What a Woman Must Do begs the question: what are the circumstances under which she has to decide? What forces her hand to act? Kate, Harriet, and Bess, who share a house in Harvester, Minnesota, each come to critical junctures in their lives. While Kate’s arthritis threatens her mobility, her boarder and dear friend, Harriet, waits for a marriage proposal. Bess, like a daughter to both these surrogate mothers, falls in love on the verge of college. In this novel, Faith Sullivan shows us women not hemmed in by an either/or choice, rather, What a Woman Must Do is about a love that both frees women to chart their own paths, and also ties them to one another.
The book is laid out in chapters alternately titled Kate, Harriet and Bess, but none of these characters speak as “I.” An omniscient narrator tells the tale, as though watching over all the characters, like God. “God had forgiven the world the death of his Son. Well, she wasn’t God. She [Kate] was a spiteful old woman.” She does, however, resembles God in that the first and last chapter are about her. She has an important voice among the three women. She also has a special relationship with time. She can transport herself into the past. “In conjuring, you looked back. No, you took yourself back. She had learned, for example, to call forth the the farm in every detail as it had been – touch, smell, sound. Traveling through years and miles, she returned to it. She was there. Not in imagination, but in conjuration.” Similar to conjuring, she practices the art of “forecasting.” Friends ask her to read their fortunes and Harriet and Bess count on Kate to anticipate their needs and desires. She is always “there” for them as mother-figure and friend. They begin to wonder how long she’ll be around, however, when joint pain makes movement more and more difficult. In her old age and infirmity, Kate is also like God. “Old age was a forced retreat. You carried with you as much of what you had been as you could.” She bears memories of her dead husband and her lost farm, of Celia and Archer, Bess’s dead parents. To her, and to Harriet and Bess, with whom Kate shares her memories, the past is alive. Through Kate, Ms Sullivan explores the past and foretells the future with an intimacy that brings them to the fore. Time is like a character in its own right, palpable as “the intricate web of silvery leaves [in which] lay intimations of things that a woman must do.” Time is what lies between the characters, influencing how they react to each other.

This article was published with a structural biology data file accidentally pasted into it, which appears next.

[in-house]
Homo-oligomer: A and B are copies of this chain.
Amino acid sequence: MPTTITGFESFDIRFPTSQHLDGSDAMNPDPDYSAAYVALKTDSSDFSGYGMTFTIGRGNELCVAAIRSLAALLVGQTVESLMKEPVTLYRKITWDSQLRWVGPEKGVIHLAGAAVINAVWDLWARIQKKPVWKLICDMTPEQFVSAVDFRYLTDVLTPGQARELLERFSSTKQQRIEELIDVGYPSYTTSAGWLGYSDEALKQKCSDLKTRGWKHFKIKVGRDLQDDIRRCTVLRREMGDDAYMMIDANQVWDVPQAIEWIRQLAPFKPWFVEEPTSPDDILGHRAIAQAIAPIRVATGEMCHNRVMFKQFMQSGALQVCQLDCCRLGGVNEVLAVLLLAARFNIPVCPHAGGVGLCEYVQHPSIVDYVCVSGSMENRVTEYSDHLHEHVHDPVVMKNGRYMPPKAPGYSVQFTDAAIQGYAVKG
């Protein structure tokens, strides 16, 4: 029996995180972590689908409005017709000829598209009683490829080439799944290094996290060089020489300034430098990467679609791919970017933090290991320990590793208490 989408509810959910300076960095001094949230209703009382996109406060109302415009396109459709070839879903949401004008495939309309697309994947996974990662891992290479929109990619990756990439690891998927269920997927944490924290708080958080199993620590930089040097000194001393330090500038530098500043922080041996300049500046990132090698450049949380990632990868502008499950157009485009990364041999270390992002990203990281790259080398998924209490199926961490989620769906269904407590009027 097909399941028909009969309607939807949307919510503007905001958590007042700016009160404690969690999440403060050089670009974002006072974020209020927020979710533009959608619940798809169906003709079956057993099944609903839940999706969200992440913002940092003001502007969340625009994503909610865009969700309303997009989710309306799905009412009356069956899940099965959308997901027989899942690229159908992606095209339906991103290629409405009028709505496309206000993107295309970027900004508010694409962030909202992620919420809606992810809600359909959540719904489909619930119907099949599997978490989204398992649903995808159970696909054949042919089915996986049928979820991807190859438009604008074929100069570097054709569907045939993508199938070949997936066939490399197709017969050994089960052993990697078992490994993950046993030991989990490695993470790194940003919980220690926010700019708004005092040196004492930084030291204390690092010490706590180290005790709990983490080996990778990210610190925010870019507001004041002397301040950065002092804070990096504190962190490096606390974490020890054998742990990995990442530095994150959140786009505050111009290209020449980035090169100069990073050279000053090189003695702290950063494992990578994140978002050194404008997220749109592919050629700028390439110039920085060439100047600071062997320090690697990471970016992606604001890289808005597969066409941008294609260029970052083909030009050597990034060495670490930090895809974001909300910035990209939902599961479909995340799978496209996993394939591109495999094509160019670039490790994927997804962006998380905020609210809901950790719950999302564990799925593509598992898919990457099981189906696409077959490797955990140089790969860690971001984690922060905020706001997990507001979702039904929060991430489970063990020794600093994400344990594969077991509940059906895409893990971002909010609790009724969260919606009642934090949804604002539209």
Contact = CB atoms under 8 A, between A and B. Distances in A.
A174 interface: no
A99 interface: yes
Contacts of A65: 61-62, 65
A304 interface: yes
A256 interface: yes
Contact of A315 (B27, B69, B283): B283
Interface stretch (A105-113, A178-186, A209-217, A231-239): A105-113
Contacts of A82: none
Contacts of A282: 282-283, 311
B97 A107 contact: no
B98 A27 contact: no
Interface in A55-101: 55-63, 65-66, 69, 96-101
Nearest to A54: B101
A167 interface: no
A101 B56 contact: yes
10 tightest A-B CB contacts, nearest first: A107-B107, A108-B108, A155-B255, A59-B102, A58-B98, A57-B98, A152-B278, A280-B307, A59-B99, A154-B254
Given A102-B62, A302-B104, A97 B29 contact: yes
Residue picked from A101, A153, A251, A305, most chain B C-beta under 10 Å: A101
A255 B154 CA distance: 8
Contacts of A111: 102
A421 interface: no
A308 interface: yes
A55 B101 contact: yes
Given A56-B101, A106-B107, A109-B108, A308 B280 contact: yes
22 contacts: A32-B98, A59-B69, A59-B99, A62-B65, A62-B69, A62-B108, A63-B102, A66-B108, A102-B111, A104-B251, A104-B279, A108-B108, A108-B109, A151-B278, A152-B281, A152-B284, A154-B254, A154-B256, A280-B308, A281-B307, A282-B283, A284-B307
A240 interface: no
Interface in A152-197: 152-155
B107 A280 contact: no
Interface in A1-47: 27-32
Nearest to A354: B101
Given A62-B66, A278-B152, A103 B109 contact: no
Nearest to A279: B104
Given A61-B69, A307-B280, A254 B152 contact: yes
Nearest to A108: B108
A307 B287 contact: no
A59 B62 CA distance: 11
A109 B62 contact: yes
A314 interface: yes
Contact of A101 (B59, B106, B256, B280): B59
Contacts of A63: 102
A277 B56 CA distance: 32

There is something dark, almost demonic, about Kate, too, suggested by this spidery image, her spite and the spiritual powers she possesses. When the newspaper runs the story about the tragic death of Bess’ parents for the “Way Back When” column, Kate relives the anger she felt at the time and wonders if it contributes to her physical pain. Others in the town of Harvester are also upset by the re-hashed news. It is a reminder of how Harvester itself, like old Kate, holds its memories against its inhabitants. There’s the memory of the Depression in which many, including Kate, lose their farms, and there are family histories no one can escape. About Kate, at the end of the book: “Spreading her arms wide and swallowing deep draughts of a landscape worn and patinated, she considered the persuasions of heaven. She might have to forgo them.” It might be because she reads tarot cards and is more interested in Greek myths than the saints. It may be because she resents her losses and doesn’t want to forgive. Whatever the case, her forgoing heaven seems to be a stand she makes, part of what she must do. Just before Kate’s last chapter is one about Harriet and Bess. Could it be that Kate’s forgoing heaven has something to do with making possible new choices for her friends and family? Could it be that she has something to do with freeing these women to choose to love in an original way, not tied to expectations from the past?
What I like about this book is how the pleasure of its quaint scenes of small town life and decorous love affairs gives way to a probing look at the underbelly of parochialism. What, at first glance, is a book about fairly conventional women living their hearty lives on the plains, is actually an insightful inquiry into the difficulties of being independent women anywhere. Sullivan says, “words are containers for small and tidy feelings.” The book is full of words describing birds and gardens, country drives and longing glances, but that’s not what it’s about; it’s about the unseen, unwritten forces that bring a woman to reckoning with what she must do. In Kate, Faith Sullivan draws a model for women of all ages, stations and eras. I look forward to her four other books about Harvester, Minnesota – Goodnight, Mr Wodehouse, Gardenias, Empress of One, and Cape Ann – to get a fuller picture of such women.